The team has known only one general manager (Poile) and head coach (Barry Trotz) in its existence, providing the type of rare stability in a front office that you don't usually see today in professional sports. The only bench boss in the NHL that's had a longer tenure than Trotz, for example, is Buffalo's Lindy Ruff.
All they've done while in charge of the Predators is operate in a small market, on a tight budget, build an expansion team from the ground up and turn it into a consistent playoff contender.
This year's squad is filled with home-grown players, with as many as 13 players being drafted and developed by Nashville. The list includes top-pairing rearguards Shea Weber and Ryan Suter, as well as starting goaltender Pekka Rinne.
Here's the complete breakdown:
*Anderson played five games with the Predators in 2001 and then spent the past seven seasons in Europe. He was signed by Nashville this summer.
**Parent was a first-round pick for the Predators in 2005, and was traded to Philadelphia as part of the Peter Forsberg trade in 2005. The Predators re-acquired him this summer for the free agent rights to defenseman Dan Hamhuis.
Obviously, it's crucial for all teams to be able to develop their own talent, especially in the salary cap era. It's even more important for a club like Nashville, playing in a small market and not having a bottomless pit of money at its disposal to acquire superstars in free agency or via trade. That steady pipeline of talent is required to put a competitive team on the ice, and it's been happening in Nashville for the better part of the past decade (keep in mind, the front office has also drafted and developed players in recent years that have since moved on to other teams, like Scottie Upshall, Scott Hartnell, Dan Hamhuis, Alexander Radulov and Karlis Skrastins).
As a result, Nashville has qualified for the playoffs in five of the past six seasons, including three seasons where the team eclipsed the 100-point plateau, easily making it one of the most successful of the expansion franchises to join the league over the past 20 years.
The long-awaited next step? Finally finding success in the postseason. In their five trips to the playoffs since 2005, the Predators have been eliminated in the opening round each time, including to the eventual Stanley Cup Champion Chicago Blackhawks this past season.
WHAT, IF ANYTHING, CAN THE PREDS GET OUT OF SERGEI KOSTITSYN?
In need of some scoring, the Predators acquired Sergei Kostitsyn, a talented yet completely frustrating forward, from the Montreal Canadiens in late June in exchange for the free agent rights to backup goaltender Dan Ellis and forward Dustin Boyd. Over the past couple of years the Predators have been a hard-working, physical team full of players that always seem to get the most out of whatever talent they might have.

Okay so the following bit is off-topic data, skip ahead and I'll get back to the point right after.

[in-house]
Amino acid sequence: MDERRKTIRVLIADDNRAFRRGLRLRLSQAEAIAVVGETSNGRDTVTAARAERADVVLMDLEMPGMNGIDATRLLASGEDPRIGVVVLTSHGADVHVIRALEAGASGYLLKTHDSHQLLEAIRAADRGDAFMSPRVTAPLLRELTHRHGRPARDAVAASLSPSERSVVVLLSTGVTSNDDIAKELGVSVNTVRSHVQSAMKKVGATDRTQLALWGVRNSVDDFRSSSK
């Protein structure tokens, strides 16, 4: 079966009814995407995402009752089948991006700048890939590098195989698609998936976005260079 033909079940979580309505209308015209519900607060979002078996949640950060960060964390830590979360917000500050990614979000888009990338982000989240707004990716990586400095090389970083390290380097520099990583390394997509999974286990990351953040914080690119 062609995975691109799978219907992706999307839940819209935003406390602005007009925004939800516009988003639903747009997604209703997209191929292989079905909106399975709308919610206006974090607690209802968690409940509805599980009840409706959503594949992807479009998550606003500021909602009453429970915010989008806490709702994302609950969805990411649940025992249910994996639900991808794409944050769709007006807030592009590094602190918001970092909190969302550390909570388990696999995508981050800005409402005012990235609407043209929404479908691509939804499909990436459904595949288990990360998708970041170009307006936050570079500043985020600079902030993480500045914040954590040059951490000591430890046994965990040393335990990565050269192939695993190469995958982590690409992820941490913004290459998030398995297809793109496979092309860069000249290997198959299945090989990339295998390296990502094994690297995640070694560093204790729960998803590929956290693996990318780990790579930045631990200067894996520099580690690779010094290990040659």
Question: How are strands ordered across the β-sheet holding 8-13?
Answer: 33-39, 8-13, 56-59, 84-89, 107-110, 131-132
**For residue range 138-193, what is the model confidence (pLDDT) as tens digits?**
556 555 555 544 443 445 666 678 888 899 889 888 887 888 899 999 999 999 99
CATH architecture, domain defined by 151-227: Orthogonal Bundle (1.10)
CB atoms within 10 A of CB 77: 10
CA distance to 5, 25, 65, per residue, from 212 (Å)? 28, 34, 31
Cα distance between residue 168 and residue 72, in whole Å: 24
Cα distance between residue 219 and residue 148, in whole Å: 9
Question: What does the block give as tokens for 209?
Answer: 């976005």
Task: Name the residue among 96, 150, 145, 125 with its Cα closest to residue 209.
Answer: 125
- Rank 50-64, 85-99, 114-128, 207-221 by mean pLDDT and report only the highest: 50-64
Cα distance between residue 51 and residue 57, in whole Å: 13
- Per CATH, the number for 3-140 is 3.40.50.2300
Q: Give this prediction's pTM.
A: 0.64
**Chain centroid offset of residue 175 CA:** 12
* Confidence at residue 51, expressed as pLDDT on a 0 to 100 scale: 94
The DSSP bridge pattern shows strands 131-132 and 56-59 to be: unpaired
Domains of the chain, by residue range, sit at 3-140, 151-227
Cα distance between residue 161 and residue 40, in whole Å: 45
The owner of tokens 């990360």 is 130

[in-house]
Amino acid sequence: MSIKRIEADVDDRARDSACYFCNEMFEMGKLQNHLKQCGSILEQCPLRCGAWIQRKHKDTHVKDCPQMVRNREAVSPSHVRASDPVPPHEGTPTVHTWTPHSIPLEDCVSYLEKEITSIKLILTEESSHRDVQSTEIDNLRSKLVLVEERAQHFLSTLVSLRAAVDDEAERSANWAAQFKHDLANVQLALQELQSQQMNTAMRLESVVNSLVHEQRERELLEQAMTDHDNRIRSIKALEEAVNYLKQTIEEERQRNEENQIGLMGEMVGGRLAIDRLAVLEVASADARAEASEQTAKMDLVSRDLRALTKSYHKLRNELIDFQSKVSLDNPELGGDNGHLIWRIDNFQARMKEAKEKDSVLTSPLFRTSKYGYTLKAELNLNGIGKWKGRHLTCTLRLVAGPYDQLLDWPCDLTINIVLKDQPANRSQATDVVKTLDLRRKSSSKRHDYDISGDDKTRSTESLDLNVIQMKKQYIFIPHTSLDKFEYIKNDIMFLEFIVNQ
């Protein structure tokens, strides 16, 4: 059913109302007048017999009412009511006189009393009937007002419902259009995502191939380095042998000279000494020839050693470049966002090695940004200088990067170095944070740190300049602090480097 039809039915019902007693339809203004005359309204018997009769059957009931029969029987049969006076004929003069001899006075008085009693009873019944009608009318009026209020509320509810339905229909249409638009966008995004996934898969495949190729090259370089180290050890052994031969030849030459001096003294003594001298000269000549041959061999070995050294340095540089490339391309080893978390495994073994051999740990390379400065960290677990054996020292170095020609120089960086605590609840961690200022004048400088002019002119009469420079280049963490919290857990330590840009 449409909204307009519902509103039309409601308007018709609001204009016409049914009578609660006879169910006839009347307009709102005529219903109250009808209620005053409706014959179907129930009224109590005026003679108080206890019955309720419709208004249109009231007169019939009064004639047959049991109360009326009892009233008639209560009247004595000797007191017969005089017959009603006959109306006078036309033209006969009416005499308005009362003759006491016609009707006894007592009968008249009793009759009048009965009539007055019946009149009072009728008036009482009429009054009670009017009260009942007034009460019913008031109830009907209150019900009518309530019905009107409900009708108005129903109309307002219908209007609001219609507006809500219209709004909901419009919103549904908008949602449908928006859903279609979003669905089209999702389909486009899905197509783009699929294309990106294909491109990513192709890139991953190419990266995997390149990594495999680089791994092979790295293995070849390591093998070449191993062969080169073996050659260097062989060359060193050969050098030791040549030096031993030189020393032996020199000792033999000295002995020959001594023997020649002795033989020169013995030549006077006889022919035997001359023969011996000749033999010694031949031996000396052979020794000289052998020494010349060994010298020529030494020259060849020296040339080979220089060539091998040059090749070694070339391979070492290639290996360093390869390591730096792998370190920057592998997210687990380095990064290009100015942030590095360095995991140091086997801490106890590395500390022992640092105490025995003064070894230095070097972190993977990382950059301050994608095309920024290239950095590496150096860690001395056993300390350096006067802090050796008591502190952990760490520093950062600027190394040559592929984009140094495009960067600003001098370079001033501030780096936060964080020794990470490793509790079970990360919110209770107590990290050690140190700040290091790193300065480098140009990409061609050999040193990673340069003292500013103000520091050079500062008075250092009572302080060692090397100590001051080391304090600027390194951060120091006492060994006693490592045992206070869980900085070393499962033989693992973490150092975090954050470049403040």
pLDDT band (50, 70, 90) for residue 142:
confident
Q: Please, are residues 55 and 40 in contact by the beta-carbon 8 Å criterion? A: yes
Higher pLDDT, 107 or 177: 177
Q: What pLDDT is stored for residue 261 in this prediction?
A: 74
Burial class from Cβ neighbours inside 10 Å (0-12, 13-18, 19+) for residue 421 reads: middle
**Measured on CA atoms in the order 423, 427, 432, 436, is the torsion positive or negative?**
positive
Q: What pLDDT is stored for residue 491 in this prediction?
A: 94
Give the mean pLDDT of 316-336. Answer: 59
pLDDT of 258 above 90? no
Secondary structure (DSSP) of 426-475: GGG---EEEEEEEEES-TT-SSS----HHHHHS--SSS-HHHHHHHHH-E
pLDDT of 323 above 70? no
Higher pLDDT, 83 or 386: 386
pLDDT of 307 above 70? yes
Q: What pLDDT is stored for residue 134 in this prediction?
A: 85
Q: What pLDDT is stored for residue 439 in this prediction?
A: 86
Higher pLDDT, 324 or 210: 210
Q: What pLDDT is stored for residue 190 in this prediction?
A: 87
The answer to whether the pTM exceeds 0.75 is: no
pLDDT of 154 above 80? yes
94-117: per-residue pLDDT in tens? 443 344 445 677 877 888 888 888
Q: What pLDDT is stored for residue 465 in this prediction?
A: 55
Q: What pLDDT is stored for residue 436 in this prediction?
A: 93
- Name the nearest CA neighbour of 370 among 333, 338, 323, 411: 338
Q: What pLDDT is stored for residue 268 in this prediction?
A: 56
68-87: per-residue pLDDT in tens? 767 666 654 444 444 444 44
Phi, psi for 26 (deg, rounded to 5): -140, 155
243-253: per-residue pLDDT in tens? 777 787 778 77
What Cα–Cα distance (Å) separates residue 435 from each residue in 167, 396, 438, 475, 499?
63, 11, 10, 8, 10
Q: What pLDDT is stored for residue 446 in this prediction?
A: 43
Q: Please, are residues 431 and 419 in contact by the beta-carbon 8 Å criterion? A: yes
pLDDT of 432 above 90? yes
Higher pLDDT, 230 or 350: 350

These are traits that would not be used to describe Kostitsyn during the first three years of his NHL career.
Your classic enigma, the 22-year-old Kostitsyn has scored just 24 goals in his 155 career games, and never tallied more than nine in a single season; a disappointing total for a player that possesses the type of talent and skill that Kostitsyn does. And that's to say nothing of the headaches he helped to create in Montreal, including his refusal to report for a minor league assignment (leading to a suspension from the team before finally reporting to Hamilton) and being told to leave the ice by head coach Jacques Martin during a practice session in the playoffs.
So what can Nashville get out of this, and how does he fit?
The Predators only have $550,000 (not much over the league minimum) invested in him this season, and only had to give up Ellis, a player they were set to lose in free agency anyway, and Boyd to get him. So it's not like they're taking a huge risk. But Kostitsyn is far from a sure thing.
Perhaps a change of scenery is what he needs to jump start his career, and maybe Trotz and the Predators coaching staff can help him, finally, play up to his abilities. It also might be a risk worth taking seeing as how Nashville already has so many of the players mentioned above -- physical, hard-working, etc. -- that it can afford to take such a boom-or-bust risk on a player with some higher skill level and potential. Even if it is currently untapped and mired in inconsistency.
OH CAPTAIN, MY CAPTAIN
When Jason Arnott was traded to the New Jersey Devils it not only created an opening down the middle of the lineup (an opening that was later filled by the speedy Matthew Lombardi via free agency) it also created an opening in the captain's role.
Stepping up and filling that void is sixth-year defenseman Shea Weber, already one of the best players in the NHL and the first true "home-grown" (drafted and developed) captain in franchise history.
The question isn't whether or not he can handle the added duties, but how much better he can still get as a player? Armed with great size and a howitzer of a shot (powerful enough to put pucks through the net) as well as being a physical demon on the ice, he has just about every tool you want from a top NHL defenseman, and he finished in the top-seven in Norris Trophy voting last season.
Not only the first home-grown captain in team history, but also the first home-grown star.